Originally hailing from Italy, Piemontese cattle have spread throughout the world as a popular beef cattle for ranchers and farmers alike. They have a unique gene mutation that causes double muscle growth which results in a lean-to-fat ratio beef that tends to be lower in cholesterol. Read on to learn more about this popular cattle breed for beef and milk production.

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Quick Facts About the Piemontese

Breed Name:Piemontese; Piedmontese, or razza bovina Piemontese
Place of Origin:Italy
Uses:Beef and dairy production, draught
Bull (Male) Size:1543 to 1874 pounds
Cow (Female) Size:1146 to 1213 pounds
Color:White or wheaten with gray coloring
Lifespan:9 years
Climate Tolerance:All climates
Care Level:Easy
Production:Beef and milk

Piemontese Origins

The Piemontese cattle originated in Northwest Italy in the region of Piedmont. Della Langa, Canavese, the Ordinario di Pianura, the Demonte, and the Scelta di Pianura were all different types of Piemontese cattle that were local to Italy until the end of the nineteenth century. These cattle were typically used for three purposes: milk, beef, and draught power. At the end of the nineteenth century, selective breeding began to make Piemontese dual-purpose, primarily as sources of beef and milk production. Piemontese entered the US in the 1980s and became the foundation stock to breed the beef cattle called North American Piedmontese cattle.

herd of piemontese cattle
Image Credit: Hari Seldon, Shutterstock

Piemontese Characteristics

The unique characteristic that makes Piemontese cattle sought after is the genetic mutation of inactive myostatin genes. Myostatin is a protein that is secreted in the muscle tissue of mammals that helps control the development of muscle within the body. In Piemontese, the inactive myostatin genes cause hypertrophic muscle growth, or double muscling, which means the cattle have a higher lean-to-fat ratio resulting in beef with less fat and cholesterol.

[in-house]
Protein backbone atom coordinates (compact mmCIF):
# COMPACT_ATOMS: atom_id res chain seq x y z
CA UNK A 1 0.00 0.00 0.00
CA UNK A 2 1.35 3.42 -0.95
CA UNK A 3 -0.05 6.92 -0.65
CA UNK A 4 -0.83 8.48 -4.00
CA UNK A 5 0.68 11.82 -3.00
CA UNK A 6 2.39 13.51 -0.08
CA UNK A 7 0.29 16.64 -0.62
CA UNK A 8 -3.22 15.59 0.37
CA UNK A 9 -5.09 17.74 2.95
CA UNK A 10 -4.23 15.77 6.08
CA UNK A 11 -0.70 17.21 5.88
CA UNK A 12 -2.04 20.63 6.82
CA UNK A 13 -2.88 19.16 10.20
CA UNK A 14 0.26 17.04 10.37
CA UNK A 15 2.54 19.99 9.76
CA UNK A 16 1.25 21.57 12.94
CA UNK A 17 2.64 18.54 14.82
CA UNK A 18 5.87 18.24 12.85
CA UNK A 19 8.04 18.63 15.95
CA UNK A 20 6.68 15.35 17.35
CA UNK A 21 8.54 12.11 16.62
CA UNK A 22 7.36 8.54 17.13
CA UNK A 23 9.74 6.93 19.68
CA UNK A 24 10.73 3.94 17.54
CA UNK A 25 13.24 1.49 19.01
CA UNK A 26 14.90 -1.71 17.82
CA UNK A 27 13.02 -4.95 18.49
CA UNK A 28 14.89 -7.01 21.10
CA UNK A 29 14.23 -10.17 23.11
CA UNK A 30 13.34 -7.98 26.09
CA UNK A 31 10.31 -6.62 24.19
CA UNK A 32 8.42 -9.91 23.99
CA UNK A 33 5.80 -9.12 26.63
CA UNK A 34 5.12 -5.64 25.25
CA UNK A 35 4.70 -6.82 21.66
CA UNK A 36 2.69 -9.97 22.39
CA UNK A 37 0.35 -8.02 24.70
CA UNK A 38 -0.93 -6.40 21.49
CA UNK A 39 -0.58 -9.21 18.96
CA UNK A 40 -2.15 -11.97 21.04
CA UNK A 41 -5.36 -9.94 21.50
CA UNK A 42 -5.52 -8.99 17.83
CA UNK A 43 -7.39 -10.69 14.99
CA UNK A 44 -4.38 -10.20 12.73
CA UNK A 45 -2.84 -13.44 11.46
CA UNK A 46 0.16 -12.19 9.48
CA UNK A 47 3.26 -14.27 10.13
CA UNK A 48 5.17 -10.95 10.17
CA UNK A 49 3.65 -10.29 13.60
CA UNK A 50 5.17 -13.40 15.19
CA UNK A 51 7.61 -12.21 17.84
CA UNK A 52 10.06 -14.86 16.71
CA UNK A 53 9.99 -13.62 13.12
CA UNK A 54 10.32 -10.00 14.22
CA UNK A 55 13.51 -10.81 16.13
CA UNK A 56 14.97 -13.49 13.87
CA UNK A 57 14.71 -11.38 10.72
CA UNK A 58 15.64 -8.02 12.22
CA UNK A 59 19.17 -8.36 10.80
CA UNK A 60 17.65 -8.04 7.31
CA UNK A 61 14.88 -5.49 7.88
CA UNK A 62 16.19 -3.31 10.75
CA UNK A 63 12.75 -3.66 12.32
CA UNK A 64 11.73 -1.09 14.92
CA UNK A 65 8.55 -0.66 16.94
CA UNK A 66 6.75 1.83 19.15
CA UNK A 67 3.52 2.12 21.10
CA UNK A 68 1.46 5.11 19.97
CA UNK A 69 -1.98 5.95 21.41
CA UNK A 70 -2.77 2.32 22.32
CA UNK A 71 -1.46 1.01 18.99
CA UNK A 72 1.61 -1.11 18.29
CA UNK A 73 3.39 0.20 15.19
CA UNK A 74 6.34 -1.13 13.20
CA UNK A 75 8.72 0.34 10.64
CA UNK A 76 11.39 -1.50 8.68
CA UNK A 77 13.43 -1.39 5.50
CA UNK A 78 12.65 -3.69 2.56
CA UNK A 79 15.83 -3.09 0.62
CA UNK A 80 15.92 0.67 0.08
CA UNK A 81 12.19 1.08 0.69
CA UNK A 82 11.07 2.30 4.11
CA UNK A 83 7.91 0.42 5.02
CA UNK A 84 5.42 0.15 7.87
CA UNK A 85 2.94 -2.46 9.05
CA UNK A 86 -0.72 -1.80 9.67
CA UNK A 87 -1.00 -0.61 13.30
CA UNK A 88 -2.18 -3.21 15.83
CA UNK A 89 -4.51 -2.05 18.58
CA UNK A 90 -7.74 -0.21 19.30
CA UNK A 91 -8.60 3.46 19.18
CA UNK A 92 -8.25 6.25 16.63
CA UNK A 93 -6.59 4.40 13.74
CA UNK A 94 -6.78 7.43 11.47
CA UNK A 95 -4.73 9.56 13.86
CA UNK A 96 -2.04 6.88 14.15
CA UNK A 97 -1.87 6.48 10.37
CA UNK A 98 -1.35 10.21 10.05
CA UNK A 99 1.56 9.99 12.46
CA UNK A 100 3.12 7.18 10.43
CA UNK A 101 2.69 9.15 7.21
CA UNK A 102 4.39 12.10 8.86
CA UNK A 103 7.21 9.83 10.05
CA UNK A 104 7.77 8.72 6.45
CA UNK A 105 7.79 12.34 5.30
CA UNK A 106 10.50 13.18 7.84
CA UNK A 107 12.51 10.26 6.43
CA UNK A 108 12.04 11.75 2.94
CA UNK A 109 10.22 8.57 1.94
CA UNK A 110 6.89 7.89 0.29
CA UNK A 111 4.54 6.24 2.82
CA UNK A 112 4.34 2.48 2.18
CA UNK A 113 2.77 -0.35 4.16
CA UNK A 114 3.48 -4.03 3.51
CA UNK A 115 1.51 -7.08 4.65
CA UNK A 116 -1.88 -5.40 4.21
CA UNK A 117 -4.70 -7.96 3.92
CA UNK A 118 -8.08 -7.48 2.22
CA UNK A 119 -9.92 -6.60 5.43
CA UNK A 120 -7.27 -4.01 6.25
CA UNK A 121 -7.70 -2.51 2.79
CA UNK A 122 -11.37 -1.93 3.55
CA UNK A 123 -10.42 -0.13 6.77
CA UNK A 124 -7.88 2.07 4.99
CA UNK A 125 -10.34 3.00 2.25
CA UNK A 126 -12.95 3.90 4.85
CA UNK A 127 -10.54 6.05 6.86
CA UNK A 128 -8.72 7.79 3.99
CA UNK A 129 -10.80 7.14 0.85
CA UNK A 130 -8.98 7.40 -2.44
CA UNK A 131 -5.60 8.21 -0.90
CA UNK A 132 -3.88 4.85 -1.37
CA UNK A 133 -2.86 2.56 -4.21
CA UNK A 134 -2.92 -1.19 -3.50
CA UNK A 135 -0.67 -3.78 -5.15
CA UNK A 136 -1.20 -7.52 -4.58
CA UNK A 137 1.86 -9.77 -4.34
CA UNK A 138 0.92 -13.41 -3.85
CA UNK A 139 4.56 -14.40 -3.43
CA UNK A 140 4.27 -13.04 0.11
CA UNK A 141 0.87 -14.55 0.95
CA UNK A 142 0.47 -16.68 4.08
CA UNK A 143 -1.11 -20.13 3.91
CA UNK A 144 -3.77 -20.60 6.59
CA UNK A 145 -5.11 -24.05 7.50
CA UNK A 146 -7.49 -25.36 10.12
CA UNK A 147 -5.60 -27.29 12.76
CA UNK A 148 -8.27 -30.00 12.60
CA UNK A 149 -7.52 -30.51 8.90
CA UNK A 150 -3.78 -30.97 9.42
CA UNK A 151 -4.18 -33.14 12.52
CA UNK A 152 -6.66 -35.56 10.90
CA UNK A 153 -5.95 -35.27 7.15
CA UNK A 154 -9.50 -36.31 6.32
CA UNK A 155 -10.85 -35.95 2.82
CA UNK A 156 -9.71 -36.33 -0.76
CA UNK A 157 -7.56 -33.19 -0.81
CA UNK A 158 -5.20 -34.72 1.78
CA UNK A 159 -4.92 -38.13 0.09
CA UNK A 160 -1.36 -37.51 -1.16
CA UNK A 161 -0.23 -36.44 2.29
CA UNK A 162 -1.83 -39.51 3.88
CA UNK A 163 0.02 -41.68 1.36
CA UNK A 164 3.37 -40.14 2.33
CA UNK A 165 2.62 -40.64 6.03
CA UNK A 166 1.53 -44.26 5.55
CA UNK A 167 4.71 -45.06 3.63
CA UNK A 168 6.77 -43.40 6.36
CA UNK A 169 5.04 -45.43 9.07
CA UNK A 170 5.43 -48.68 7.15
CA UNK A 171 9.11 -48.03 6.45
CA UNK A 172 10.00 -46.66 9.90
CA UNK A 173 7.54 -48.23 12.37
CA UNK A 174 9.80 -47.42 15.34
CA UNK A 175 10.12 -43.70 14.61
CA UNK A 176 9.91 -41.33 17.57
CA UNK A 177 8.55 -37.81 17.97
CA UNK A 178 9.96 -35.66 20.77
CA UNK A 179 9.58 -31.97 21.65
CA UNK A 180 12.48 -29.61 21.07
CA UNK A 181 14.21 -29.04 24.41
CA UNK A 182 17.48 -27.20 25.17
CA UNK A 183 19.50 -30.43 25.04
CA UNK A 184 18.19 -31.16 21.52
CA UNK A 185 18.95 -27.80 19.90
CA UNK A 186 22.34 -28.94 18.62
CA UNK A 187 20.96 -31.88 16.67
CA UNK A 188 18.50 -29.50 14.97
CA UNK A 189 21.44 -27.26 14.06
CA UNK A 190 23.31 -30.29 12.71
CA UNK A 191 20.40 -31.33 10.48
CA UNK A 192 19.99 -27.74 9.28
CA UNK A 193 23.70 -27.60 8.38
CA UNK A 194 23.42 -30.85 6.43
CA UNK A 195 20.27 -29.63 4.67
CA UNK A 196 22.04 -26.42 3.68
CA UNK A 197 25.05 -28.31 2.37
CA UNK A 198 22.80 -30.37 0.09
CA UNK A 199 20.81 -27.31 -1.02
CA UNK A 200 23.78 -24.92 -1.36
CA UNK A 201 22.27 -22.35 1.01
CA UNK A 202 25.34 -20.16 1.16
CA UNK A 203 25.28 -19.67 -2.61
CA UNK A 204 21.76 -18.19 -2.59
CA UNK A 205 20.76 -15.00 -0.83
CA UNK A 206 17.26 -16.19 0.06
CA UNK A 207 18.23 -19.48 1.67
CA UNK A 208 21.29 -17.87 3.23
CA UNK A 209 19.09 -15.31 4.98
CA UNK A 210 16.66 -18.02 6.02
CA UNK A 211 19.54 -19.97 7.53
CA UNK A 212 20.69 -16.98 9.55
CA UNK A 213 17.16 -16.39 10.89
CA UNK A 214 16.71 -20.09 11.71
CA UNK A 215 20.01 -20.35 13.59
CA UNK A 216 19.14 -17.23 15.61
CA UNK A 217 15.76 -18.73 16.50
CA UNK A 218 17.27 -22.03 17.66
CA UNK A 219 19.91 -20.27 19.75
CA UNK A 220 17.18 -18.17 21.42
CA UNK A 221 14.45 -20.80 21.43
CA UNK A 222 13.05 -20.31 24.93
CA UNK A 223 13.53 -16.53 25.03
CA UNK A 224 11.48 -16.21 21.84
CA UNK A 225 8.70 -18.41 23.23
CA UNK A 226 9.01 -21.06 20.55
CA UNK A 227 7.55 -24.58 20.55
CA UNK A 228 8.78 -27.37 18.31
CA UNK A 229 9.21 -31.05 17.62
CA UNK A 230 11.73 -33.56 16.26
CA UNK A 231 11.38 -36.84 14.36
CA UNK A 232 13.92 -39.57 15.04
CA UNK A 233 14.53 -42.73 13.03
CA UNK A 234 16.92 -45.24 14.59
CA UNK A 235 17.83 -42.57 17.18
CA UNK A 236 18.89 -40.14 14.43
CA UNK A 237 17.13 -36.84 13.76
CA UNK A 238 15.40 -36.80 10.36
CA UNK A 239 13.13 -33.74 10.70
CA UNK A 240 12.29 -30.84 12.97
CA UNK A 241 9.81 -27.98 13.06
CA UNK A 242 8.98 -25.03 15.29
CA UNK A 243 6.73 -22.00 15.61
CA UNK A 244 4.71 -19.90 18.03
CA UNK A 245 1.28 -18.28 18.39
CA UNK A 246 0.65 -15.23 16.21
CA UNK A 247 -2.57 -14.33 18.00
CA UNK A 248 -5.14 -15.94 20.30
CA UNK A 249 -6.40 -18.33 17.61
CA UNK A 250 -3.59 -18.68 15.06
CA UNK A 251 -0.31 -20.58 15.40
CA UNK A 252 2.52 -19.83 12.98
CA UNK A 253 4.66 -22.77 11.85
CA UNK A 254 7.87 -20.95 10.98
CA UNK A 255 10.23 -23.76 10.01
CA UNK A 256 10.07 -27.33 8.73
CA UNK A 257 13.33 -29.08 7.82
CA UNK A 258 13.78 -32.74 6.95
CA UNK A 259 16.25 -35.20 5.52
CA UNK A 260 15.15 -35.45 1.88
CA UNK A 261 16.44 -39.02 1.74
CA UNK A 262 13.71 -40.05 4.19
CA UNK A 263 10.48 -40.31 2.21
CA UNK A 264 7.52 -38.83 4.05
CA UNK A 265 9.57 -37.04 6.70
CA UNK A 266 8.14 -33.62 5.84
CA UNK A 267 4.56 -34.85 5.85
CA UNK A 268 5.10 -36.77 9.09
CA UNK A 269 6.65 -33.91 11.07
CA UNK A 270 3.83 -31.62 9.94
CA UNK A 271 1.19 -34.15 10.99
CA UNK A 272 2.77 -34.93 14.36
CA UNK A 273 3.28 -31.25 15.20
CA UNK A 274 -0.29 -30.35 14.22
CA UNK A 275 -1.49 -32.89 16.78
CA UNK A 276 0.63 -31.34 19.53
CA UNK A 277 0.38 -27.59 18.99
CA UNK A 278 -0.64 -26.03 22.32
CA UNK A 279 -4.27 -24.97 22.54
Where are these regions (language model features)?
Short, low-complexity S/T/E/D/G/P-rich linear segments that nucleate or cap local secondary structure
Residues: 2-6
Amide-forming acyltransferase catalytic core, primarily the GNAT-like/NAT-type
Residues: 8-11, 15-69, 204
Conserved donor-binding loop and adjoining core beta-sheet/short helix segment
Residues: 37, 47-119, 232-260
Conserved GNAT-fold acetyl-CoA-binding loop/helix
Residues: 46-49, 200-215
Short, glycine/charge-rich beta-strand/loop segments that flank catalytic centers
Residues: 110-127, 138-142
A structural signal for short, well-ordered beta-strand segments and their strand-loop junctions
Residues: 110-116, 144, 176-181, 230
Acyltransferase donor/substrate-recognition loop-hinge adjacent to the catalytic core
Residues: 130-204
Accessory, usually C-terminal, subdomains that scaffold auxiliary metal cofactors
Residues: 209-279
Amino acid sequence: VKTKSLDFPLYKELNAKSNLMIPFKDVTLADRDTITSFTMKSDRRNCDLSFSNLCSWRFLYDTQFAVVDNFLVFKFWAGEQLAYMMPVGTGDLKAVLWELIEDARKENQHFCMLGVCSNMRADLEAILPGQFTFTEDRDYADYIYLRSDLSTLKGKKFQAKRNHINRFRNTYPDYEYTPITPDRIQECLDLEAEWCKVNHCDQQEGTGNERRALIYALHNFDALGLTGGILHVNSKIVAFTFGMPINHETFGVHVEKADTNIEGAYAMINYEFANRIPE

Piemontese cattle are known for being docile and having a motherly temperament toward their offspring. The cows are fertile, providing good milk yield, and usually produce for nine years or longer. Milk from the Piemontese is typically used for cheese production in Italy.


Piemontese cattle are used primarily used for dual-purpose in the United States, as both beef and milk cattle. Historically the Piemontese was produced for three purposes: draught, beef, and milk production. When it was discovered that Piemontese carry a gene mutation that causes hypertrophic muscle growth, or double muscling, the cattle were bred to become dual-use for beef and milk rather than draught.

piemontese cattle in the field
Image Credit: Alessandro Cristiano, Shutterstock

Appearance & Varieties

The Piemontese cattle of today are medium-sized with bulls weighing in around 1543 to 1874 pounds and cows coming in around 1146 to 1213 pounds. Calves are fawn-colored upon birth and become white-gray as they grow into adulthood. Piemontese cattle typically have black skin covered by a white or wheaten with gray coloring for their coat. Bulls and cows both have horns in this particular breed of cattle. The cows stand at roughly 52 inches in height while the bulls stand anywhere between 51 inches to 53 inches in height.


Currently, there are roughly 28-30 million heads of cattle in the United States. Roughly 70% of cattle in the U.S. are Angus cattle with Piemontese making up roughly less than one-half of 1% of the cattle in the country. The North American Piedmontese Association (NAPA) is the official breed registry in the United States. They are a non-profit breed registry and require mandatory registration of Piemontese that are homozygous (2 copies) of the myostatin allele mutation that causes hypertrophic muscle growth.

Are Piemontese Good for Small-Scale Farming?

Piemontese are suitable for small-scale farming. The cows have a suitable milk yield for cheese production. Cows are also known to be fertile, which can lead to more milk production and the introduction of more bulls for beef production. The double-muscle of the Piemontese bulls makes them ideal for beef production with lean beef that is lower in fat and cholesterol than other commercial beef on the market.

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Final Thoughts

Piemontese cattle are a great choice for milk and meat and can be used on small-scale farms and larger commercial operations.

Featured Image Credit: francesco de marco, Shutterstock